Talks on the reunification of Cyprus reach a crucial point. Delegates say progress has been made and maps exchanged, but work remains.
Talks in Geneva on the reunification of Cyprus have reached a crucial point. Greece has suggested Turkey has a 28.2 percent share of the island, while the Turkish delegation is pushing for 29.2 percent.
Each side has handed the UN maps with new boundary proposals.
The UN envoy to Cyprus said there was still work to do, but added that discussions to resolve its 42-year division are ‘on track’ and many contentious issues have been resolved.
Espen Barth Eide added:
“This is the best chance, and that I can not see anything that would suggest that the chance is getting any better by waiting four months or eight months, or two years, or forty-two years, or fifty-two years, as it has been tried before. There is simply nothing in the trend lines that I see internationally that suggests that the world is getting more, you know, constructive, that people are coming together more, that problems are more easily overcome, that we get the world leadership that is more helpful.”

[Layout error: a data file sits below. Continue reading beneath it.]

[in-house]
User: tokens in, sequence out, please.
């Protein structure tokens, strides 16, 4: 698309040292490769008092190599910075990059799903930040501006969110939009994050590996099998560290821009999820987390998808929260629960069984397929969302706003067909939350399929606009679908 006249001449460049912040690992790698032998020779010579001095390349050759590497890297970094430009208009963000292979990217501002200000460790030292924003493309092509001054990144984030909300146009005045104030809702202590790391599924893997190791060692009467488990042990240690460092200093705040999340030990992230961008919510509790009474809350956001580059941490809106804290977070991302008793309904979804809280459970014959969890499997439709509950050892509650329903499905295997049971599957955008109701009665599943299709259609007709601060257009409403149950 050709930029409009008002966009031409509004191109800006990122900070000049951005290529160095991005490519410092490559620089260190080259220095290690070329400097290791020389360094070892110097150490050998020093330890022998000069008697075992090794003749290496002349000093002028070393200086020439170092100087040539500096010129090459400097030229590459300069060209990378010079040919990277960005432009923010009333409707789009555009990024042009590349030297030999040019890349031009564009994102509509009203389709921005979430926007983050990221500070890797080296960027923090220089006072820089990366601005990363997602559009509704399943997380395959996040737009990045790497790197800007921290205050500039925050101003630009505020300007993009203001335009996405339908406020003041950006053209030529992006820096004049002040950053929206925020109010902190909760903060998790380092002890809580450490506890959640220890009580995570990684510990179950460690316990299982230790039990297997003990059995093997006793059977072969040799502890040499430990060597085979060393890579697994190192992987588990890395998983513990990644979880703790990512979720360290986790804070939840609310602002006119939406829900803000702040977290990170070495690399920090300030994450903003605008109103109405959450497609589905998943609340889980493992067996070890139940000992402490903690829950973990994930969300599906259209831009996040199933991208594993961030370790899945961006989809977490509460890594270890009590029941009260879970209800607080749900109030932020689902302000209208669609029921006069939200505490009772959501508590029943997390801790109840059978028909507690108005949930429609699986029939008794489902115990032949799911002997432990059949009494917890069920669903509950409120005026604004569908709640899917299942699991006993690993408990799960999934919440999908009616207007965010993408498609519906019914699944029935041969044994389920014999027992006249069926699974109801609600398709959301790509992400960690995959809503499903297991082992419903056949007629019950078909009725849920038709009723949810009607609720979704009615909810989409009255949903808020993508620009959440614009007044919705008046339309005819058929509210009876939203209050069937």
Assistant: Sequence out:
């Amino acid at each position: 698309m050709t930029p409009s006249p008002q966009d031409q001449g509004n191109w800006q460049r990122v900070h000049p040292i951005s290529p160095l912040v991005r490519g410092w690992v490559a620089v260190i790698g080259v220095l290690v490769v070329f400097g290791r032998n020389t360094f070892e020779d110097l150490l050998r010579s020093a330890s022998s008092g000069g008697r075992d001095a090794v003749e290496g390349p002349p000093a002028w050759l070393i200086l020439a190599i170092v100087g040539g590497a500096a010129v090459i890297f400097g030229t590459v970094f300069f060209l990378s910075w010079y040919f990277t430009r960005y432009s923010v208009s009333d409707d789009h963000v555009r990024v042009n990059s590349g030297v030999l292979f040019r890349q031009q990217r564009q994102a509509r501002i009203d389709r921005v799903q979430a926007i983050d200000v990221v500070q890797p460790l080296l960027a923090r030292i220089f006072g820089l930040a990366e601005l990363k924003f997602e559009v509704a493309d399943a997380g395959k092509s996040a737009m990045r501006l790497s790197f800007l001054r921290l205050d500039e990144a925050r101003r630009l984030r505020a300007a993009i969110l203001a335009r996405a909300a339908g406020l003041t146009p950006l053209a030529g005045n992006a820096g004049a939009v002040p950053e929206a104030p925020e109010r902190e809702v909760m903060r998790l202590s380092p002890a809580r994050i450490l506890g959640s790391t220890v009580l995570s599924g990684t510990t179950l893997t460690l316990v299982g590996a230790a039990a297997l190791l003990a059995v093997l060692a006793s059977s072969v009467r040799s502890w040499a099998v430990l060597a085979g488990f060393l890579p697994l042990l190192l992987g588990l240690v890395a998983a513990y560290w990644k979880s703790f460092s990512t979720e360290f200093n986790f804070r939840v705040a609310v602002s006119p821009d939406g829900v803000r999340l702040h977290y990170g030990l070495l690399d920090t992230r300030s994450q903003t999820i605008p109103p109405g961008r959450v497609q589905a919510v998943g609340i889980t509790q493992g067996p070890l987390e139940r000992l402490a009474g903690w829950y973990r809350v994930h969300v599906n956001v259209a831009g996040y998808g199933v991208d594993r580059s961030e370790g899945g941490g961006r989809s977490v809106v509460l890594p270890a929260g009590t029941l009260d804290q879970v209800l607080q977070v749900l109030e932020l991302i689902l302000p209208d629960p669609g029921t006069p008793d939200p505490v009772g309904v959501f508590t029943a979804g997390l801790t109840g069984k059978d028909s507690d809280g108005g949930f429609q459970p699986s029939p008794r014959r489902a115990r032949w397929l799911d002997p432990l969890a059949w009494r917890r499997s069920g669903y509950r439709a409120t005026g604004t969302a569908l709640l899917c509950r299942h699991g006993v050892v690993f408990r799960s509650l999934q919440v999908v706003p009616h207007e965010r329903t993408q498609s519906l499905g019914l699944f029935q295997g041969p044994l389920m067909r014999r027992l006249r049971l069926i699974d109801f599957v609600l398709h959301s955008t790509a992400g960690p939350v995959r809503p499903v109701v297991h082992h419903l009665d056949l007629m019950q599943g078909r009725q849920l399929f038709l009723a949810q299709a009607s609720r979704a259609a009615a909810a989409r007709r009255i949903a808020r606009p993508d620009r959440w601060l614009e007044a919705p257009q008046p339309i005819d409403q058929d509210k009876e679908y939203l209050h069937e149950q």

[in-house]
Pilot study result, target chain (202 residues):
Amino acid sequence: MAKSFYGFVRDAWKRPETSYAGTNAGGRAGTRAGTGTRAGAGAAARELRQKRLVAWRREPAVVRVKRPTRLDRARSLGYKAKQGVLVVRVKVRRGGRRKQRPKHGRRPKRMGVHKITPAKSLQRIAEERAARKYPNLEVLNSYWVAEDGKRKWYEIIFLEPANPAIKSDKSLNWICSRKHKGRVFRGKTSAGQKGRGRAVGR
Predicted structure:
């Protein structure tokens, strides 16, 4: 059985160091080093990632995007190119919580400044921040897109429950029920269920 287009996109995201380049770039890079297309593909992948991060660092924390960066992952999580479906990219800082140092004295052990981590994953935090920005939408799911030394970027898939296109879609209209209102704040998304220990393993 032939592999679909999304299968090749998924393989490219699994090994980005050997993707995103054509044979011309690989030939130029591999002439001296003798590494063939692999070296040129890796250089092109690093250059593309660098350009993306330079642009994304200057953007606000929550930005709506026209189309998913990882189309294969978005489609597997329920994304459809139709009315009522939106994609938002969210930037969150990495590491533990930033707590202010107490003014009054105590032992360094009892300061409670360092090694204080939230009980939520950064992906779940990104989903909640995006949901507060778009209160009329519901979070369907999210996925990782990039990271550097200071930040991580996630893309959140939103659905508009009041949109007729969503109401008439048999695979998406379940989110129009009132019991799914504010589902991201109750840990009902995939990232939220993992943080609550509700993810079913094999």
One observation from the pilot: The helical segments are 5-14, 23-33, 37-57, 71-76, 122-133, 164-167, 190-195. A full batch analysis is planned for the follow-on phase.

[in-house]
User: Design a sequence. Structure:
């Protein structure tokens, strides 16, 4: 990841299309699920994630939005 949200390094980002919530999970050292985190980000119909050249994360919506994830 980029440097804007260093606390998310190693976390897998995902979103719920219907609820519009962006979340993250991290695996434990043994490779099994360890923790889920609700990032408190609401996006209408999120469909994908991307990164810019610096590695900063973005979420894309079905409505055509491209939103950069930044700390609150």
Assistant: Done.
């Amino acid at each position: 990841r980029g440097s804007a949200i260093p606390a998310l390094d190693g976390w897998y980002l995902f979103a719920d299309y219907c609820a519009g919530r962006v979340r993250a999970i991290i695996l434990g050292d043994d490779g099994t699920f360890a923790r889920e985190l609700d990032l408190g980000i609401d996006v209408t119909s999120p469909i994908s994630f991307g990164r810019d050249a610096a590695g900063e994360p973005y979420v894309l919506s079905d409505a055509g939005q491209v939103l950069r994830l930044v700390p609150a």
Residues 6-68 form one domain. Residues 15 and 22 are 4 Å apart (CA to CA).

As guarantor powers of Cyprus’s independence, the Greek, Turkish and British foreign ministers are expected to join discussions in the Swiss city on Thursday. There, they will discuss the security parametres of any deal.
The aim of the talks is to establish a two-state federation with both sides sharing power.